Get in touch: send your photos, videos, news & views by texting YORK to 80360 or send an email»
Smokers treated ‘like outsiders’
SMOKERS are being stigmatised and increasingly viewed as “outsiders” who damage public health, according to a report from the University of York.
Professor Hilary Graham, author of Smoking, Stigma And Social Class, says that poorer communities in particular, where smokers are traditionally found in higher numbers, are increasingly subject to public vilification because of the way smoking has been portrayed in health campaigns over the years.
She has now called for a rethink on how smoking is portrayed and for the focus to be on education rather than vilification.
Professor Graham said: “It is generally accepted that tobacco control policies can use stigma if they achieve their objective of protecting people’s health.
“But there is evidence that these policies have also served to intensify public vilification of disadvantaged groups where smoking rates tend to be highest.”
She suggests that the public now relates smokers to characters such as Frank Gallagher, from the popular television series Shameless, who is portrayed as an idle, working class scruff, famous for his trademark cigarette, grubby clothes and lank hair.
“Research suggests that smoking has become shorthand for class-related disadvantage.
“In Australia, the public and the media associate smoking with unemployment, low economic status and low educational achievement; whilst a Canadian study suggested that smokers and non-smokers alike saw smokers as ‘dirty’, ‘inconsiderate’ and ‘weak-willed’.”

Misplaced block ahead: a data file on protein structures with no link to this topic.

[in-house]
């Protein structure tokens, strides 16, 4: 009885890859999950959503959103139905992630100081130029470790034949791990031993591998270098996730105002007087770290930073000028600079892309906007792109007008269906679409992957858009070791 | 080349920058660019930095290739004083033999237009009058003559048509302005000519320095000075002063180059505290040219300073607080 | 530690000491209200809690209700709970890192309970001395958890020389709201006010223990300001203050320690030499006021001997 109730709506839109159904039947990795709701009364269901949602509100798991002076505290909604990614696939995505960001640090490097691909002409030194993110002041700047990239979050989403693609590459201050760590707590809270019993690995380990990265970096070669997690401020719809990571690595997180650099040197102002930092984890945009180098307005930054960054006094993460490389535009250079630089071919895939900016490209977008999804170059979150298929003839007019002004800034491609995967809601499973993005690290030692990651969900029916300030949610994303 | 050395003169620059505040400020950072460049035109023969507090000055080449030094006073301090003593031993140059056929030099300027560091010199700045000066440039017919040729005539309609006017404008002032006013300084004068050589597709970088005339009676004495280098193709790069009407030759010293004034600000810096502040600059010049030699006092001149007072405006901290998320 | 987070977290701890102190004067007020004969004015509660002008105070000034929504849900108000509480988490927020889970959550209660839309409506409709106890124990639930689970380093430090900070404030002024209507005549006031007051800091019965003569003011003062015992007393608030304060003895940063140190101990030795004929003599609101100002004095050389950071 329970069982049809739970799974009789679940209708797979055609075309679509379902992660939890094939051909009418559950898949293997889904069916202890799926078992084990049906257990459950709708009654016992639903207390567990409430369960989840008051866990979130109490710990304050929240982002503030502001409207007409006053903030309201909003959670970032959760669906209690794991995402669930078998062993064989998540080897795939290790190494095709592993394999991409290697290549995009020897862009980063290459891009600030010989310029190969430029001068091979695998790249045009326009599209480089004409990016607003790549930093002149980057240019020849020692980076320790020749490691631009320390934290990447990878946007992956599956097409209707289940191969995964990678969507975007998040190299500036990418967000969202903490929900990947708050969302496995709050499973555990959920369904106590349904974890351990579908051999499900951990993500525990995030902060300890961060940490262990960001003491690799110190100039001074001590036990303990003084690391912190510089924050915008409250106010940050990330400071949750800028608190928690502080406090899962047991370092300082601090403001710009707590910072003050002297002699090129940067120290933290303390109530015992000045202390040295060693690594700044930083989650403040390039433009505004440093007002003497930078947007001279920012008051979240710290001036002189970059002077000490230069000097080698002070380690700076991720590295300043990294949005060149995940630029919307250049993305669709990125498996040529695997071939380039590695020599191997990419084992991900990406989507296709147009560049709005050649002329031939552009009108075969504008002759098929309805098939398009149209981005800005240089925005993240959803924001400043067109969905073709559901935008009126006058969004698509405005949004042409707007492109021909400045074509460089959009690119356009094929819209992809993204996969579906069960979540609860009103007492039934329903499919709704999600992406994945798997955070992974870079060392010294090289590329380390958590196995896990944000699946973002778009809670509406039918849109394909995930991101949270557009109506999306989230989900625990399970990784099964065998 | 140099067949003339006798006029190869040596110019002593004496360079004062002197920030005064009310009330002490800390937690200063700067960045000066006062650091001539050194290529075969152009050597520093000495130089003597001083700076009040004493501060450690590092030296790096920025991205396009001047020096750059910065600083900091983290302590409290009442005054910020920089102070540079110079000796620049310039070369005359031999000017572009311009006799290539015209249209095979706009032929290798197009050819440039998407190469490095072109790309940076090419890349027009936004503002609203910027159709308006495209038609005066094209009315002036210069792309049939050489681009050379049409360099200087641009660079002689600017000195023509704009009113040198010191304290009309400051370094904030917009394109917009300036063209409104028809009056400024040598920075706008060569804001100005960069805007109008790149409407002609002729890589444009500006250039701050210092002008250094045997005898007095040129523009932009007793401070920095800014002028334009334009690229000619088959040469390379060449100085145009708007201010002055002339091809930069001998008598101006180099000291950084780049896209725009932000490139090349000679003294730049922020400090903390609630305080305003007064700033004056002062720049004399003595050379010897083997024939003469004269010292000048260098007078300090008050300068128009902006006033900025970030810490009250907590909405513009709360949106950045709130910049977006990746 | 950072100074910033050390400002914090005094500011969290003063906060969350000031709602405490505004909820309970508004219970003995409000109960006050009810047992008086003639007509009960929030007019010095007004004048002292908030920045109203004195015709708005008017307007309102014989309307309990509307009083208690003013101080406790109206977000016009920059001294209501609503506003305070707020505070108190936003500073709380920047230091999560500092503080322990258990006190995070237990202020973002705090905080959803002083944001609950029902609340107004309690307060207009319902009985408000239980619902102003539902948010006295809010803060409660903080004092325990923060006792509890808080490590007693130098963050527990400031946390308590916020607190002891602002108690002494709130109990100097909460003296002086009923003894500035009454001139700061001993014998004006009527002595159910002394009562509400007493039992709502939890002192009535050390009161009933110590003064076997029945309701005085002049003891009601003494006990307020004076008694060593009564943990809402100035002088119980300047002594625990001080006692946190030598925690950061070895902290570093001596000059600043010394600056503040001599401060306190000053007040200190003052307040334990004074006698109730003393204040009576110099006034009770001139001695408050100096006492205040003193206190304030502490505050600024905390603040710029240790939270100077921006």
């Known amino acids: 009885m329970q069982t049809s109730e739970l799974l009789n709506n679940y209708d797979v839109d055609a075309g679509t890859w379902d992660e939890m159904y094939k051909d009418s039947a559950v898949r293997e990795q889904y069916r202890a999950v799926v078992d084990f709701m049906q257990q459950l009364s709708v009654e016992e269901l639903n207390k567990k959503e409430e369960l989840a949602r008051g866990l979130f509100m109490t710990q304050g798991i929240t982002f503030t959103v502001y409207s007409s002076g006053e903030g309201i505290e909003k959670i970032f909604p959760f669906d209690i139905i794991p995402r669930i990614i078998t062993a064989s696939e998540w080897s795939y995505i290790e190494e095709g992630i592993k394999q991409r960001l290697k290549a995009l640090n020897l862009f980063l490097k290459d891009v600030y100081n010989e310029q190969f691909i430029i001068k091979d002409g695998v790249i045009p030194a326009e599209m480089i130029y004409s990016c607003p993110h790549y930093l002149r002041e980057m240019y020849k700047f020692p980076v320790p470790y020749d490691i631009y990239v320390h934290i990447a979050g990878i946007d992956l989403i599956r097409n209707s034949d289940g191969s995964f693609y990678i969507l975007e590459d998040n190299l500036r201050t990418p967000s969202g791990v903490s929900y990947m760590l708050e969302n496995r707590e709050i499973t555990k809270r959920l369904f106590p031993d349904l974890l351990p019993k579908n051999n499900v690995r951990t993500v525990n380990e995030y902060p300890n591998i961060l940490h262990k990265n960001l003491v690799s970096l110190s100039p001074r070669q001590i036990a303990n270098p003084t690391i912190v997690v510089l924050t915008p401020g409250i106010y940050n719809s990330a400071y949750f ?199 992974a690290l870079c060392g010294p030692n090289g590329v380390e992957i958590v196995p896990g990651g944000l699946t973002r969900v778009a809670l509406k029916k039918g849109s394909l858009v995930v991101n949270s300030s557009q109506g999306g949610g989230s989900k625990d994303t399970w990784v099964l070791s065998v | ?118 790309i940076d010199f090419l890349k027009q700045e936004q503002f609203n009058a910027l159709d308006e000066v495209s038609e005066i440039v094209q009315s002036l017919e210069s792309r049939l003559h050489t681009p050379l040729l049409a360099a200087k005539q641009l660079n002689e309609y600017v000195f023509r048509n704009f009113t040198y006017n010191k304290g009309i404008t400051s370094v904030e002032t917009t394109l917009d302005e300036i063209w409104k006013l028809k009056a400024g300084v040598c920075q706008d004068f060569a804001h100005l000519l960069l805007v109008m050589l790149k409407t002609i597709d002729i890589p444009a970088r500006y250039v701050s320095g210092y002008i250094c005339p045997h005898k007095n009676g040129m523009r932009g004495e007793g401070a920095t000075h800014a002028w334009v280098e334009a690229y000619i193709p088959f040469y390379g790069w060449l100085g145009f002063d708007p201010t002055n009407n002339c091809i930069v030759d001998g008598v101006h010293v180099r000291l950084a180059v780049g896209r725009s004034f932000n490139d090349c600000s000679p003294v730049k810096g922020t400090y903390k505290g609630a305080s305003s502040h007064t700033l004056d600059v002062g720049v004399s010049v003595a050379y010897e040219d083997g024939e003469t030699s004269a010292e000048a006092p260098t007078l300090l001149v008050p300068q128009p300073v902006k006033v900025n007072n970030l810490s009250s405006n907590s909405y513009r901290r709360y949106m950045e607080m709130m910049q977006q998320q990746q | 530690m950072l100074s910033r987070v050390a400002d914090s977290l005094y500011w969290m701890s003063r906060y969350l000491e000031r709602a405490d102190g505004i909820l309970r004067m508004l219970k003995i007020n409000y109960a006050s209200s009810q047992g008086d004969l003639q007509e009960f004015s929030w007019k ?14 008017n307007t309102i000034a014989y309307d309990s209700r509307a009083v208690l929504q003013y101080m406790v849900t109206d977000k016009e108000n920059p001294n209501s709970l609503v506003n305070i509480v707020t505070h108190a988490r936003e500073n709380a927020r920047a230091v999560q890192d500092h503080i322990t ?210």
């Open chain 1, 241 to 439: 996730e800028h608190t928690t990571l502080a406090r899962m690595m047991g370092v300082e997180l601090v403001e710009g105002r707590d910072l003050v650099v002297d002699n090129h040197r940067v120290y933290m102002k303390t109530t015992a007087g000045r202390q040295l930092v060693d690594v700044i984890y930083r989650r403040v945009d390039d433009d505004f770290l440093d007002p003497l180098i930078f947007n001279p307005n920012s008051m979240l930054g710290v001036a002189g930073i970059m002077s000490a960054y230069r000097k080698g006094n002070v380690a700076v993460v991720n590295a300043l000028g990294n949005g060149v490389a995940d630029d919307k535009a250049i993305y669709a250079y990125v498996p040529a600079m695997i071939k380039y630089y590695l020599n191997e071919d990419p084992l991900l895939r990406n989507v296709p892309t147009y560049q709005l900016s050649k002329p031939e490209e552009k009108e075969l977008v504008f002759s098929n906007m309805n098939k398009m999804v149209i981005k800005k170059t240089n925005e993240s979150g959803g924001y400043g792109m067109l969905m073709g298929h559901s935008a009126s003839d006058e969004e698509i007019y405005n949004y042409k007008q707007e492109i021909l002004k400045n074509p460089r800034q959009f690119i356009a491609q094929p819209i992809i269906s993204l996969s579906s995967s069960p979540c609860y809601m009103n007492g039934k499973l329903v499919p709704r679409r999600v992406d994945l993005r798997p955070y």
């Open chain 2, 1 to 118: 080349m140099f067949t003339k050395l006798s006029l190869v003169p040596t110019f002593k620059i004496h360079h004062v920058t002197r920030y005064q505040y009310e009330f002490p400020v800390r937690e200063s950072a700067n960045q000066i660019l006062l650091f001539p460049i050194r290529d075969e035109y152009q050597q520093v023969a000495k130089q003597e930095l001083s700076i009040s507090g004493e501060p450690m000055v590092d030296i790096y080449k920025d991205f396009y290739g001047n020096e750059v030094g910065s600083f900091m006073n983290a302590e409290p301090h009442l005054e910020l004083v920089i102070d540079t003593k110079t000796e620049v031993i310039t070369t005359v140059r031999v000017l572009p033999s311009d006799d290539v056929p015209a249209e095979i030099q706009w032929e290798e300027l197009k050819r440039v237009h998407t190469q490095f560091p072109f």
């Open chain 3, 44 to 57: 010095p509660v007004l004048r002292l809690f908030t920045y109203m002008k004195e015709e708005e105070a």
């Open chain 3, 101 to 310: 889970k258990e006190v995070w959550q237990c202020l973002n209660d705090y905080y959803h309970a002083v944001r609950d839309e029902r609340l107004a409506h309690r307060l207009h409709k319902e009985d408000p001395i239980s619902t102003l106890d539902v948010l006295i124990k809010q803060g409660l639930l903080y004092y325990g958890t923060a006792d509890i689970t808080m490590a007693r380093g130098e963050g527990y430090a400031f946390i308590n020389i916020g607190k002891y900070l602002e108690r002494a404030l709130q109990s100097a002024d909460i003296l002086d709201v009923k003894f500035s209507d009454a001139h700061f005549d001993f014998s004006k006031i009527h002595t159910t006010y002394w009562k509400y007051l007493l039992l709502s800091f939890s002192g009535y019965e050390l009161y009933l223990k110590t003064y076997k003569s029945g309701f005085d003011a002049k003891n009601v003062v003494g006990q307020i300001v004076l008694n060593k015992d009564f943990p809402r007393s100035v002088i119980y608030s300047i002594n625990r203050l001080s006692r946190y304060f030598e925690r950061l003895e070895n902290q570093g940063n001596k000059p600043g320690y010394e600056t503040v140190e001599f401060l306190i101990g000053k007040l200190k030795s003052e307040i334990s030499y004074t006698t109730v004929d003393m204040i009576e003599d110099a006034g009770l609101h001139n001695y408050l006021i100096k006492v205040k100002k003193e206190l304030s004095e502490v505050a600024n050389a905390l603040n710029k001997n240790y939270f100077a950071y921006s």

Professor Graham said more thought must be given to the consequences of raising the level of stigma attached to smoking.
She said: “Conveying the message that smokers are outsiders who threaten public health will do little to reduce class prejudice and promote social cohesiveness.”
‘People look down on us’
LAURA Woodley, 22, from York, has been smoking since the age of 14, a habit she started after growing up in a pub.
She agreed that smoking came with its health risks, but said vilification was not the way to make people give up.
“You do get filthy looks,” she said.
“Women with prams will look at you, but it’s not like I’m blowing smoke in their kid’s faces.
“There’s talk of them bringing bans in to pub beer gardens now and that’s going too far.
“But the bans are educational in a way.
“The Government has a responsibility to make smoking look bad, but at the same time smoking is a personal choice and I think they have gone as far as they need to go with it. The fact that it’s bad for you is no secret.
“People look down on smokers and I think it’s this thing about them affecting other’s health – however negligible that risk might be.”
Comments are closed on this article.